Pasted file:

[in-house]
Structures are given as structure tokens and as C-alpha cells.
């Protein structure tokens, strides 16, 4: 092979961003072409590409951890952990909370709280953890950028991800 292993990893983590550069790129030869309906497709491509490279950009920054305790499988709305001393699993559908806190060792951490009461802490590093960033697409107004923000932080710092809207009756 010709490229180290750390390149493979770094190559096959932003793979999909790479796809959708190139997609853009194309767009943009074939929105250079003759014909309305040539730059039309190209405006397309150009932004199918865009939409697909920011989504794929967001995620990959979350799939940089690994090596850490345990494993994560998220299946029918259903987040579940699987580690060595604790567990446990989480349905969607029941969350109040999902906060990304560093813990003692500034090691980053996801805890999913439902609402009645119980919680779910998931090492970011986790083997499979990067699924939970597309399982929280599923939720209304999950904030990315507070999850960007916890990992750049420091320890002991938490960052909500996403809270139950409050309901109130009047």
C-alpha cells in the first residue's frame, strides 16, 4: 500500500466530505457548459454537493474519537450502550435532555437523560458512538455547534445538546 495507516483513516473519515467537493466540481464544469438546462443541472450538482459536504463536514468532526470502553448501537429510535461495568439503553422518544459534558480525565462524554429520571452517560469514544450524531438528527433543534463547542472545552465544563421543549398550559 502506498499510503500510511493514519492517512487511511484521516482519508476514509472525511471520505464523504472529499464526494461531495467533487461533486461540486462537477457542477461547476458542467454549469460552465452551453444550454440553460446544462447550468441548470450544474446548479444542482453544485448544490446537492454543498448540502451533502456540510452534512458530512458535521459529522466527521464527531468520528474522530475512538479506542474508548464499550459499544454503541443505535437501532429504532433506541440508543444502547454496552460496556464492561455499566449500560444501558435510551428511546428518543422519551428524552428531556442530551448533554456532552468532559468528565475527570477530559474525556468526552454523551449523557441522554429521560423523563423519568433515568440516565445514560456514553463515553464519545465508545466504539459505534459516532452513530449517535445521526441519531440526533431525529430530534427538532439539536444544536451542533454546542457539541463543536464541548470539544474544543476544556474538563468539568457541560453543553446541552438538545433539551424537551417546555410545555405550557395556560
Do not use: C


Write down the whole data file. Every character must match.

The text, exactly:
[in-house]
Structures are given as structure tokens and as C-alpha cells.
């Protein structure tokens, strides 16, 4: 092979961003072409590409951890952990909370709280953890950028991800 292993990893983590550069790129030869309906497709491509490279950009920054305790499988709305001393699993559908806190060792951490009461802490590093960033697409107004923000932080710092809207009756 010709490229180290750390390149493979770094190559096959932003793979999909790479796809959708190139997609853009194309767009943009074939929105250079003759014909309305040539730059039309190209405006397309150009932004199918865009939409697909920011989504794929967001995620990959979350799939940089690994090596850490345990494993994560998220299946029918259903987040579940699987580690060595604790567990446990989480349905969607029941969350109040999902906060990304560093813990003692500034090691980053996801805890999913439902609402009645119980919680779910998931090492970011986790083997499979990067699924939970597309399982929280599923939720209304999950904030990315507070999850960007916890990992750049420091320890002991938490960052909500996403809270139950409050309901109130009047």
C-alpha cells in the first residue's frame, strides 16, 4: 500500500466530505457548459454537493474519537450502550435532555437523560458512538455547534445538546 495507516483513516473519515467537493466540481464544469438546462443541472450538482459536504463536514468532526470502553448501537429510535461495568439503553422518544459534558480525565462524554429520571452517560469514544450524531438528527433543534463547542472545552465544563421543549398550559 502506498499510503500510511493514519492517512487511511484521516482519508476514509472525511471520505464523504472529499464526494461531495467533487461533486461540486462537477457542477461547476458542467454549469460552465452551453444550454440553460446544462447550468441548470450544474446548479444542482453544485448544490446537492454543498448540502451533502456540510452534512458530512458535521459529522466527521464527531468520528474522530475512538479506542474508548464499550459499544454503541443505535437501532429504532433506541440508543444502547454496552460496556464492561455499566449500560444501558435510551428511546428518543422519551428524552428531556442530551448533554456532552468532559468528565475527570477530559474525556468526552454523551449523557441522554429521560423523563423519568433515568440516565445514560456514553463515553464519545465508545466504539459505534459516532452513530449517535445521526441519531440526533431525529430530534427538532439539536444544536451542533454546542457539541463543536464541548470539544474544543476544556474538563468539568457541560453543553446541552438538545433539551424537551417546555410545555405550557395556560
Do not use: C